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S-Trip accused of exploiting volunteer ‘trip leaders’ who work long hours

August 24, 2017

The Toronto Star talks to Josh Mandryk about S-Trip’s so-called “volunteer” trip leaders

How would you like to work 14-hour days for no pay? The Toronto Star reports on the young people recruited by the Canadian company, I Love Travel, to be “trip leaders” for S-Trip, a student travel company. They are expected to work 14-hour days, assisting with the execution of activities, excursions and parties for the students on the trip.

I Love Travel says that its trip leaders are “volunteers”, not employees. They are provided with an honorarium of between $150 to $300 per trip (which can last from five to ten days), and their travel costs are paid. The company takes $80 from their first $150 honorarium to pay for their uniforms.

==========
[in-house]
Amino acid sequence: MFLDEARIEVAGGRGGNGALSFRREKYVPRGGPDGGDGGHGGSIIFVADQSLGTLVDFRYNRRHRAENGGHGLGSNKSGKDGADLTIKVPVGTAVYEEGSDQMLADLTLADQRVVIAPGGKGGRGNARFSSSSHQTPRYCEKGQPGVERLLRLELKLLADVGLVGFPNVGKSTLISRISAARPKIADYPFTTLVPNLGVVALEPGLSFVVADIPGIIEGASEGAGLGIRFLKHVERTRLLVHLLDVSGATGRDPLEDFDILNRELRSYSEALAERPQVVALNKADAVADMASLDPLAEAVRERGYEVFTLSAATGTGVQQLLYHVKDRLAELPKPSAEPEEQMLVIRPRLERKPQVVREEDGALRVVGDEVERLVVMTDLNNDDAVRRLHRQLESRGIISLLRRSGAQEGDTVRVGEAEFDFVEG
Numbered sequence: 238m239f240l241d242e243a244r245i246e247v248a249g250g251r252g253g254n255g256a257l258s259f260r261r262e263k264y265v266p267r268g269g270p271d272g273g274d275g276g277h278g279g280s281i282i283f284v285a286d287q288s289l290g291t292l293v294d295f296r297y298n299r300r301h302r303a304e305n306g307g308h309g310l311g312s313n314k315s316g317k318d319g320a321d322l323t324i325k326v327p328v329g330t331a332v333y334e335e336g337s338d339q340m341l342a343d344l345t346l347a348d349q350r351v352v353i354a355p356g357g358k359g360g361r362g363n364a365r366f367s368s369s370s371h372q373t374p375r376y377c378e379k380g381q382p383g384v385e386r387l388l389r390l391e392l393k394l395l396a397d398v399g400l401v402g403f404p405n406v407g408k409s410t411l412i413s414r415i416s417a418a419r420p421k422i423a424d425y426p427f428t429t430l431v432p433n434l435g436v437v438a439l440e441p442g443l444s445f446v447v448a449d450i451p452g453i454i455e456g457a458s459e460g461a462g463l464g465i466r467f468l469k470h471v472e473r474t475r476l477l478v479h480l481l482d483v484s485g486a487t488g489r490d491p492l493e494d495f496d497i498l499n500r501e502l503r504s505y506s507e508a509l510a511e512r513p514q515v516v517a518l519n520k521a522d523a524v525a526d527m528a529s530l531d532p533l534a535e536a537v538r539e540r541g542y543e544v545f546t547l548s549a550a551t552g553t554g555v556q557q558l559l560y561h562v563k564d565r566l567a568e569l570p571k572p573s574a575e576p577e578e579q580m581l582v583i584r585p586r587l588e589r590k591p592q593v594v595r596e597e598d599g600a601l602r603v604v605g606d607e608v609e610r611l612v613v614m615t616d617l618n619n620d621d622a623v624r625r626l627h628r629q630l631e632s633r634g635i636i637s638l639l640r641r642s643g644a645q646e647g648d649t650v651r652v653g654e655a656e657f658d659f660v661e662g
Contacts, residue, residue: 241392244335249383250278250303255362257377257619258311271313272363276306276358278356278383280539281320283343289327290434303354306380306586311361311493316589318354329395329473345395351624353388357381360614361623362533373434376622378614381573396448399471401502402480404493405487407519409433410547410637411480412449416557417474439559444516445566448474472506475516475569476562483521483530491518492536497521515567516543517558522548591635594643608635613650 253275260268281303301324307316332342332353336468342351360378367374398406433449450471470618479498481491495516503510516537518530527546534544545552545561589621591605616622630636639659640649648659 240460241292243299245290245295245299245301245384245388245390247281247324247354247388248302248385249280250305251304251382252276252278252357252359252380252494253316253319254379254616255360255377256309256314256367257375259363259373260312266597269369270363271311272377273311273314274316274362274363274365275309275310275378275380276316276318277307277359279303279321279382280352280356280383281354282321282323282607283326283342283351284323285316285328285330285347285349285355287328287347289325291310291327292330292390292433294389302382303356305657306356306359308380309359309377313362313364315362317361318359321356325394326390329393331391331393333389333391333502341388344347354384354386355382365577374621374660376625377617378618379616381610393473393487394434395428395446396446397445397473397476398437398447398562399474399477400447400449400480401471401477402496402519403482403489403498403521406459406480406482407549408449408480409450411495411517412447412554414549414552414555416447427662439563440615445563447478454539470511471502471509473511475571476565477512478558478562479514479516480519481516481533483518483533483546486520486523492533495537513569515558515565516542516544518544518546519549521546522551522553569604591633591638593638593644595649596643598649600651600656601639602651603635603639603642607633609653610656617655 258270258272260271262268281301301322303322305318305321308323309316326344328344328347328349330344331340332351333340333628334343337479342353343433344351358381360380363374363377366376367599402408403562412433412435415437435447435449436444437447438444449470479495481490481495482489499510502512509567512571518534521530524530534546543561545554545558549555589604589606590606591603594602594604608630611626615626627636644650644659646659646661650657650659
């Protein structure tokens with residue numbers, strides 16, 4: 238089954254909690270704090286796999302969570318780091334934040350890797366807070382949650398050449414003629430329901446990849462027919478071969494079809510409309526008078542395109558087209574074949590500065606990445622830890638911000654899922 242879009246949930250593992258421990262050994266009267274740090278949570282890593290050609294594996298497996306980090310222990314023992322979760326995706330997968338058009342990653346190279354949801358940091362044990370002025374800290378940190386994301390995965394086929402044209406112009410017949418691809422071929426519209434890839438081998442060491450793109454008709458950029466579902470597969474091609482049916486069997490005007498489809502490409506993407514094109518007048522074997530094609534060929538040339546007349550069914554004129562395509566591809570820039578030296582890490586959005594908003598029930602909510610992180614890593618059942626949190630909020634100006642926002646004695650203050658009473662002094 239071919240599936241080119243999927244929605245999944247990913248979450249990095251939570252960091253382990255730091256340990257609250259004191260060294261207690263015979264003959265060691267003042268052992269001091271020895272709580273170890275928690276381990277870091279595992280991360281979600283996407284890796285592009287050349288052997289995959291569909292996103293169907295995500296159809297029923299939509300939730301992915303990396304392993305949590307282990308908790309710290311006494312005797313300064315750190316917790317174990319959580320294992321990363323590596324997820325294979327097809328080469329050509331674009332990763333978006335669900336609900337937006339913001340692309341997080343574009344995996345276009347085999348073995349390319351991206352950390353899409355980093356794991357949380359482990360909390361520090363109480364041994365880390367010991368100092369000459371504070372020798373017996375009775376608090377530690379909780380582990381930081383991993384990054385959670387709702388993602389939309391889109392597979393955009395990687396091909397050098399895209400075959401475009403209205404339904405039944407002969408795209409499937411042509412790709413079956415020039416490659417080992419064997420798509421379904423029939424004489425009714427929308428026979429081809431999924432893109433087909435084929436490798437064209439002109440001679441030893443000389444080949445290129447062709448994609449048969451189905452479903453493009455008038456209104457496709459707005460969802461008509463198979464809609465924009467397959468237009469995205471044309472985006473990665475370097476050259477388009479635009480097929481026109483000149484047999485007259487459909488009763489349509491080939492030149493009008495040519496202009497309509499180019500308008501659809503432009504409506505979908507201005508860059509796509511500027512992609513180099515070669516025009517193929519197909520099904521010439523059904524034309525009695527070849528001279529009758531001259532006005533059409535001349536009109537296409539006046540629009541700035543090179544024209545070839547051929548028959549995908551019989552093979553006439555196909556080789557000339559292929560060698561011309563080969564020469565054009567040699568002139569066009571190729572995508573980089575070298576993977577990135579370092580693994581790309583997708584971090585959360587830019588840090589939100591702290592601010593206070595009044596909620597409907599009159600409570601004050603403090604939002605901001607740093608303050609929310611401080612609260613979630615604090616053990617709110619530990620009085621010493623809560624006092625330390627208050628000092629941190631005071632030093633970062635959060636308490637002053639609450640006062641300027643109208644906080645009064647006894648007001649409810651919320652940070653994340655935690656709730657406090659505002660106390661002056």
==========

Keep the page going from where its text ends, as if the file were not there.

The contracts signed by trip leaders state: “I understand that I am engaged as a volunteer providing services to the company, that I am not engaged as an employee, and that no employment relationship is established between myself and the company.”

It’s not up to a company to decide whether someone is an employee, a “volunteer” or an intern. I Love Travel is a for-profit business. It says that trip leaders are like counsellors at summer camp but, as The Star notes, “day camp counsellors and “trip leaders” in Ontario are typically paid rates close to or exceeding the province’s minimum wage.” The Ministry of Labour has apparently investigated S-Trip in the past, but it is not clear what was being investigated.

Some lawyers find it hard to believe that trip leaders would be considered to be volunteers to whom the Employment Standards Act does not apply.

Joshua Mandryk, a labour lawyer at Goldblatt Partners and the Ontario director of the Canadian Intern Association, said work for a private-sector employer that is connected to its central business operation should be paid according to the Employment Standards Act, in the “absence of a statutory exclusion.”

If positions are done as a co-op placement for a school credit, for instance, that would be acceptable, since those roles are excluded from the act, he said.

Josh and another lawyer are calling on the Ministry of Labour to investigate S-Trip’s practices.

Read the entire article here.


Joshua Mandryk

Practice Areas

Employment Law